Laura Ashley profits wiped out as furniture sales plummet
The brand is planning expansion in Asia and a smaller footprint in the UK.
Sales at Laura Ashley have dropped as the fashion and home brand grapples with tough high street conditions and plans an overhaul of its strategy.
Total like-for-like retail sales were down 4.2% in the 26 weeks to December 31.
The company’s profit before tax and exceptional items was wiped out to zero.
Sales in the fashion division showed positive momentum, climbing 11.8% on a like-for-like basis.
In our drive for international growth, we are committed to preserve the inspirational and distinctive identity of the much-loved Laura Ashley brand Andrew Khoo
But furniture sales dropped by 14.4%, while decorating was down 13.5%.
In December the Press Association revealed that the chain, which had 156 UK stores by the end of last year, will cut around 40 more sites as part of an ongoing strategy to slim down the estate.
It comes after Andrew Khoo succeeded his father Khoo Kay Peng as chairman of Laura Ashley’s owner last year, with a fresh vision for the brand which includes expansion in China and developing the hospitality segment of the business.
Mr Khoo reiterated his plans in Wednesday’s results, saying a number of new Laura Ashley tea rooms and hotels are likely to open this year.
We remain of the view that the brand has potential for further international expansion, coupled with additional online growth Cantor Fitzgerald analysts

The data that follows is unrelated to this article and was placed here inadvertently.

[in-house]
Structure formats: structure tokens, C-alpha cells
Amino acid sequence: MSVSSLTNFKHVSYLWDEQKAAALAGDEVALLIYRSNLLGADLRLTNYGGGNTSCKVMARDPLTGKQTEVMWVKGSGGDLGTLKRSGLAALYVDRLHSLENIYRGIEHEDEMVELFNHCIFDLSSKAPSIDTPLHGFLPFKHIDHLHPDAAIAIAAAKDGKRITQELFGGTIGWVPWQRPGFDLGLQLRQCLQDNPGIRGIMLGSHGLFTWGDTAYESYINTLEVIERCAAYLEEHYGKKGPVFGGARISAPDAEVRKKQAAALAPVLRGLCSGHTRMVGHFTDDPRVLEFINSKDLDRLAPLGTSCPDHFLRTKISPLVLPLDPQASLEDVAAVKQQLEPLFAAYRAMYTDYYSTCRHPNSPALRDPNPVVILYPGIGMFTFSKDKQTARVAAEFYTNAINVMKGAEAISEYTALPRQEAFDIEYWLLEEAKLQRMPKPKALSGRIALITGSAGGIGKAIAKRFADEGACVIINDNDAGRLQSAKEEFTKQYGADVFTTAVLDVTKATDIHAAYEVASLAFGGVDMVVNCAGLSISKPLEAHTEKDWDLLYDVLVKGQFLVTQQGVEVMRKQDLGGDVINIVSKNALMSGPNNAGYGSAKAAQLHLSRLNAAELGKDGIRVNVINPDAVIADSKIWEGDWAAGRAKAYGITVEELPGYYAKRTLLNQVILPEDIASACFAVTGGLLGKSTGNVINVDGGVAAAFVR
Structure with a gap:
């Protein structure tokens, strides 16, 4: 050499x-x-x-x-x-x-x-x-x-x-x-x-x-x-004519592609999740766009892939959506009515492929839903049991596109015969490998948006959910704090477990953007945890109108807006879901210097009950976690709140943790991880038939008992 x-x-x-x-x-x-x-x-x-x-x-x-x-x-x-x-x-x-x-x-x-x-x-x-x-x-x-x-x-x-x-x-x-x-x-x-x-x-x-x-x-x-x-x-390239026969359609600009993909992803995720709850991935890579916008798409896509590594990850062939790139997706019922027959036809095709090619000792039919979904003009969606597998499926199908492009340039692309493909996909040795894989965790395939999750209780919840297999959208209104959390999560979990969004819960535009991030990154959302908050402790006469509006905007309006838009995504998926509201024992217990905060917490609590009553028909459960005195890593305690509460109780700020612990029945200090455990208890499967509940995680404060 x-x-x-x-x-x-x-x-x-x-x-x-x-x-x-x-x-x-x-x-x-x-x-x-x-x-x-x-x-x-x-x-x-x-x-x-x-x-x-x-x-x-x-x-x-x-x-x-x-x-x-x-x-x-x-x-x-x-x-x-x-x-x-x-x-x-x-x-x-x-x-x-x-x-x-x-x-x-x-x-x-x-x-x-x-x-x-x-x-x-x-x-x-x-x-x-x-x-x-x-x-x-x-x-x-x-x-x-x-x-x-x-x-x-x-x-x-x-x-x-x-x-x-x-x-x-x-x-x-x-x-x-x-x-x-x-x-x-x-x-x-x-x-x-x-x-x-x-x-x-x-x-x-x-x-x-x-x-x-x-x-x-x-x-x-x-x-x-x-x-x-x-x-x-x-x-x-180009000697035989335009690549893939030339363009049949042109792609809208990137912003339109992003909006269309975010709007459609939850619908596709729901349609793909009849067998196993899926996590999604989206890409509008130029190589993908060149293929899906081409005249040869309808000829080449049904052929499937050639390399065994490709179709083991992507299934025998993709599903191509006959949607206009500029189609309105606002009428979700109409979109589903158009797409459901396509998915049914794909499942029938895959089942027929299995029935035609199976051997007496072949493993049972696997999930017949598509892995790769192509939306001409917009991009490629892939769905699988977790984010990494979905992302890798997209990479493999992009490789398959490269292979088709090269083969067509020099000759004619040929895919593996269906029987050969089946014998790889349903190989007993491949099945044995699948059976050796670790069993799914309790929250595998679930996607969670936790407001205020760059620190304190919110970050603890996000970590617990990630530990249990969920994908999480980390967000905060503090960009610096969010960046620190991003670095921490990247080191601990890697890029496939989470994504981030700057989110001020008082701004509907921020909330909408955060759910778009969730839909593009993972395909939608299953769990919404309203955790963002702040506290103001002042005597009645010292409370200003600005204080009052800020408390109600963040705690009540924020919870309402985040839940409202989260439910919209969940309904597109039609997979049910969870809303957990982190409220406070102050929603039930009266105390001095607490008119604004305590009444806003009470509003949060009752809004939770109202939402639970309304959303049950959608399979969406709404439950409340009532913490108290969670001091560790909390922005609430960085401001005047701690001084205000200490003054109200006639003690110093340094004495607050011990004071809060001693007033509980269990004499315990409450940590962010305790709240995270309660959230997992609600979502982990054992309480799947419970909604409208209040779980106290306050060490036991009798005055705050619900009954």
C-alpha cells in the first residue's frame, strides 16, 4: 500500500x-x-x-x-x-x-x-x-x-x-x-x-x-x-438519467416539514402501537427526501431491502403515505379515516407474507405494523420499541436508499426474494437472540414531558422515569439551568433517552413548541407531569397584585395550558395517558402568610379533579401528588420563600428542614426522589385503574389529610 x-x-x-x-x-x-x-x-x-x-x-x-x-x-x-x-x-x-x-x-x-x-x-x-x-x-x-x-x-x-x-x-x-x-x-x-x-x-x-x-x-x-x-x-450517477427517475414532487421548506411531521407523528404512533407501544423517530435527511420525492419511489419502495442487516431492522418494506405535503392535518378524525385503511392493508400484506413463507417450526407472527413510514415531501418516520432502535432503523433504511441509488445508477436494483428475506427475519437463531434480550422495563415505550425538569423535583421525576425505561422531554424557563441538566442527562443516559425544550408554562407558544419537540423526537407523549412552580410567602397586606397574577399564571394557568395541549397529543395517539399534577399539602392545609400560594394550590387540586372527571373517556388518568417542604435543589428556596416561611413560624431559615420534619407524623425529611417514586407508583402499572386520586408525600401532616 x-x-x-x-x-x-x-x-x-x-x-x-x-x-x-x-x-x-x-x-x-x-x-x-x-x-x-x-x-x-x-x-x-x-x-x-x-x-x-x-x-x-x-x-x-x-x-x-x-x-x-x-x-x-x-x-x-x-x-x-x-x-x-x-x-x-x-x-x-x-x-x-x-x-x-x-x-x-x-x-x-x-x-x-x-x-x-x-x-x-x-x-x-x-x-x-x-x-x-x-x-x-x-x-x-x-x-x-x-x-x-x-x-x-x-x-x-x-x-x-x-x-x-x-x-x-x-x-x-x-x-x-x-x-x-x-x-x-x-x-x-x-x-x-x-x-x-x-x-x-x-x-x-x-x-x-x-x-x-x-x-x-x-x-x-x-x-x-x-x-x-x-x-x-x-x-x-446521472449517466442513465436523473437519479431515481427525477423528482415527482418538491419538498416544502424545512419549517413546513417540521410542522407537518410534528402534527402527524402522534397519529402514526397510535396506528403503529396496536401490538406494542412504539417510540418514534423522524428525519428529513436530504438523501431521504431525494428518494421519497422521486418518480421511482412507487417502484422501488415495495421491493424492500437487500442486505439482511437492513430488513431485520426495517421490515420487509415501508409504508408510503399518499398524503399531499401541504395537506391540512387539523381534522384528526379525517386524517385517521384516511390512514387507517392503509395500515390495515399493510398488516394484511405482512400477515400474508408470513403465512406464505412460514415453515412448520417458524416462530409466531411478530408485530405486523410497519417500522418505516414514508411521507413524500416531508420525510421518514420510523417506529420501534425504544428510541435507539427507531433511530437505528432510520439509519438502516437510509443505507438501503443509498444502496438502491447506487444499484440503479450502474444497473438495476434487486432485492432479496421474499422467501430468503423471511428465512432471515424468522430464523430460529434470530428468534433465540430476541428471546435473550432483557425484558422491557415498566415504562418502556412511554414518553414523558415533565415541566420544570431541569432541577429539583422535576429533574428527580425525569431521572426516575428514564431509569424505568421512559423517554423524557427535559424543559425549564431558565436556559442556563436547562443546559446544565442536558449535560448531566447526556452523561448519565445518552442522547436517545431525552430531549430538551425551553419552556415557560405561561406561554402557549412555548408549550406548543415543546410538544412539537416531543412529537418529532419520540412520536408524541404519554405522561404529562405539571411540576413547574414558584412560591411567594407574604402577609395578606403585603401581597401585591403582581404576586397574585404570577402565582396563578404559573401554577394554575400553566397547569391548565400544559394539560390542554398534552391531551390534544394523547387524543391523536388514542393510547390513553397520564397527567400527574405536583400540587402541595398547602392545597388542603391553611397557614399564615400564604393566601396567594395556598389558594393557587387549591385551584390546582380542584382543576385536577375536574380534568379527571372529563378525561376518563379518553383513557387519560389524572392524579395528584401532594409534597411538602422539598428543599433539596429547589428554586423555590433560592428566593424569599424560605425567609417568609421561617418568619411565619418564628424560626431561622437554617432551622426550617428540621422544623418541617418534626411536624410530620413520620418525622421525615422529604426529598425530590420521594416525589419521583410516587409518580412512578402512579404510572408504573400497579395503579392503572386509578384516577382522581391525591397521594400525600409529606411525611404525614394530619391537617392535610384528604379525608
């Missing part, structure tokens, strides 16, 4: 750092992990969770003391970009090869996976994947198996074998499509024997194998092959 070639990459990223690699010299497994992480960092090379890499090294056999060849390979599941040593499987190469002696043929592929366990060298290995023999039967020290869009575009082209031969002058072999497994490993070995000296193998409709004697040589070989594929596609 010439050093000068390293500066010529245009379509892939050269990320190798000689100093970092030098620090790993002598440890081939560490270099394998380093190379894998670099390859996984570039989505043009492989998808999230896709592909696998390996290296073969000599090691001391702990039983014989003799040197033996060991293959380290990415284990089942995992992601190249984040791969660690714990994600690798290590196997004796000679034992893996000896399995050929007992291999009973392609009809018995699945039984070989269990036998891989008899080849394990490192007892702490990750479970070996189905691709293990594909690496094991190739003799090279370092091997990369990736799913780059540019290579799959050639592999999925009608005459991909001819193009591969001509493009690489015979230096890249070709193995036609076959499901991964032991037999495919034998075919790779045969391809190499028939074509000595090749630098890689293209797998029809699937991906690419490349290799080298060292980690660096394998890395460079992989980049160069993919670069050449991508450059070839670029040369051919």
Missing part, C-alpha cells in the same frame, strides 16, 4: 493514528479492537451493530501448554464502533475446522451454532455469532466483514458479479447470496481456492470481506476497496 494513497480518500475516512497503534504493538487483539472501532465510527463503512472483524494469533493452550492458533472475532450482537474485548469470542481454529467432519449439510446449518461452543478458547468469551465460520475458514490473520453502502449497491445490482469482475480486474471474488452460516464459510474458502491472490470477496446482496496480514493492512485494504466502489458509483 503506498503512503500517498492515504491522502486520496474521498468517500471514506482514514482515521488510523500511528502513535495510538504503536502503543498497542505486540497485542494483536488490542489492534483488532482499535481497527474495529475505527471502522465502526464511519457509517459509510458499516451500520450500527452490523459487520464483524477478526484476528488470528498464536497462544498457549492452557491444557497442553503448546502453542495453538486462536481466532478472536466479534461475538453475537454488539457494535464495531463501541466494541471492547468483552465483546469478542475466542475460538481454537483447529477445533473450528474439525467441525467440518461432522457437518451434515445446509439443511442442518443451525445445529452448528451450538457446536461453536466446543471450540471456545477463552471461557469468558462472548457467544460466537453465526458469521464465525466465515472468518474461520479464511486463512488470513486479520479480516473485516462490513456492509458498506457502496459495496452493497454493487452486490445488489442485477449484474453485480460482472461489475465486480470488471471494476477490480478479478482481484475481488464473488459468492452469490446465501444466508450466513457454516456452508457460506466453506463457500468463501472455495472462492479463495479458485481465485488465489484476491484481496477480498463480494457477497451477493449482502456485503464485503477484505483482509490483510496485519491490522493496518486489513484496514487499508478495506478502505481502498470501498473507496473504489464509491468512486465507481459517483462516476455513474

He added that the Asian market will remain a key focal point in the group’s international expansion, following new store openings in India and Thailand during the first half.
“In our drive for international growth, we are committed to preserve the inspirational and distinctive identity of the much-loved Laura Ashley brand,” he said.
“Having eliminated all of our long-term debts, we are now better placed to deal with the current headwinds and to move the business forward.”
Shares in the company were down 4% in early trading.
Analysts at Cantor Fitzgerald cut their expectations for the company, forecasting an adjusted loss before tax and exceptional items of £700,000 for the full year.
But they said the acceleration in clothing sales and planned brand development were encouraging.
“We remain of the view that the brand has potential for further international expansion, coupled with additional online growth,” they said.